On Fri, Oct 21, 2016 at 11:23:53AM -0700, Junio C Hamano wrote:

> A request to "git://<site>/<string>", depending on <string>, results
> in "directory" given to path_ok() in a bit different forms.  Namely,
> connect.c::parse_connect_url() gives
>     URL                               directory
>     git://site/nouser.git     /nouser.git
>     git://site/~nouser.git    ~nouser.git
> by special casing "~user" syntax (in other words, a pathname that
> begins with a tilde _is_ special cased, and tilde is not considered
> a normal character that can be in a pathname).  Note the lack of
> leading slash in the second one.
> Because that is how the shipped clients work, the daemon needs a bit
> of adjustment, because interpolation and base-path prefix codepaths
> wants to accept only paths that begin with a slash, and relies on
> the slash when interpolating it in the template or concatenating it
> to the base (e.g. roughly "sprintf(buf, "%s%s", base_path, dir)").
> I came up with the following as a less invasive patch.  There no
> longer is the ase where "user-path not allowed" error is given,
> as treating tilde as just a normal pathname character even when it
> appears at the beginning is the whole point of this change.

Thanks for explaining this. It is rather gross, but I think your
less-invasive patch is the best we could do given the client behavior.
And it's more what I would have expected based on the original problem

> As I said already, I am not sure if this is a good change, though.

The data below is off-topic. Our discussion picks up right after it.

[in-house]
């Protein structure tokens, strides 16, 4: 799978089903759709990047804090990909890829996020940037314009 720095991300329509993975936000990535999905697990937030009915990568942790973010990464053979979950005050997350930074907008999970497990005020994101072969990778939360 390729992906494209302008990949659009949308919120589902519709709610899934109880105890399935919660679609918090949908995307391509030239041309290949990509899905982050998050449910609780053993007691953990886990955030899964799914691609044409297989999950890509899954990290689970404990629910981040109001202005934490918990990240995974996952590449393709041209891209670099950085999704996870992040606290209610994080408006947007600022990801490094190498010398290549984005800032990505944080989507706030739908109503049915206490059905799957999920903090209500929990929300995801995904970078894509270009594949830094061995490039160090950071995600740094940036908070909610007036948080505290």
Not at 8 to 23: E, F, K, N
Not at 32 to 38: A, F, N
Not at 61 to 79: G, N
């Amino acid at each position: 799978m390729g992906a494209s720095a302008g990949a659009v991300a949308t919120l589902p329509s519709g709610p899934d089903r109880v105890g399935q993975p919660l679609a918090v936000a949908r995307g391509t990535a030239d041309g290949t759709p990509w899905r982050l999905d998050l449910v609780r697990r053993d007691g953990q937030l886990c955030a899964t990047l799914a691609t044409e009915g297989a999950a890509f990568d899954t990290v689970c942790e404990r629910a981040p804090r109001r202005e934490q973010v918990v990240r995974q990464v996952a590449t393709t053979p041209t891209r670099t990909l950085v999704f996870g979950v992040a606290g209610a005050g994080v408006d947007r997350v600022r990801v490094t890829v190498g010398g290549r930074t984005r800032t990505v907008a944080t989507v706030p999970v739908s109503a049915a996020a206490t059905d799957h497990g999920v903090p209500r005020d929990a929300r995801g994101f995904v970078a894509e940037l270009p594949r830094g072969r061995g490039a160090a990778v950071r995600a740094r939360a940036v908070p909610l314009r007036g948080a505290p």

I also am on the fence. I'm not sure I understand a compelling reason to
have a non-interpolated "~" in the repo path name. Sure, it's a
limitation, but why does anybody care?

> @@ -170,11 +171,11 @@ static const char *path_ok(const char *directory, 
> struct hostinfo *hi)
>               return NULL;
>       }
> +     if (!user_path && *dir == '~') {
> +             snprintf(tilde_path, PATH_MAX, "/%s", dir);
> +             dir = tilde_path;
> +     }

I know you are following existing convention in this function to use an
unchecked snprintf(), but it makes me wonder what kind of mischief a
client could get up to by silently truncating via snprintf. This
function is, after all, supposed to be checking the quality of the
incoming path.

xsnprintf() is probably too blunt a hammer, but:

  if (snprintf(rpath, PATH_MAX, ...) >= PATH_MAX) {
        logerror("path too long");
        return NULL;

in various places may be appropriate.


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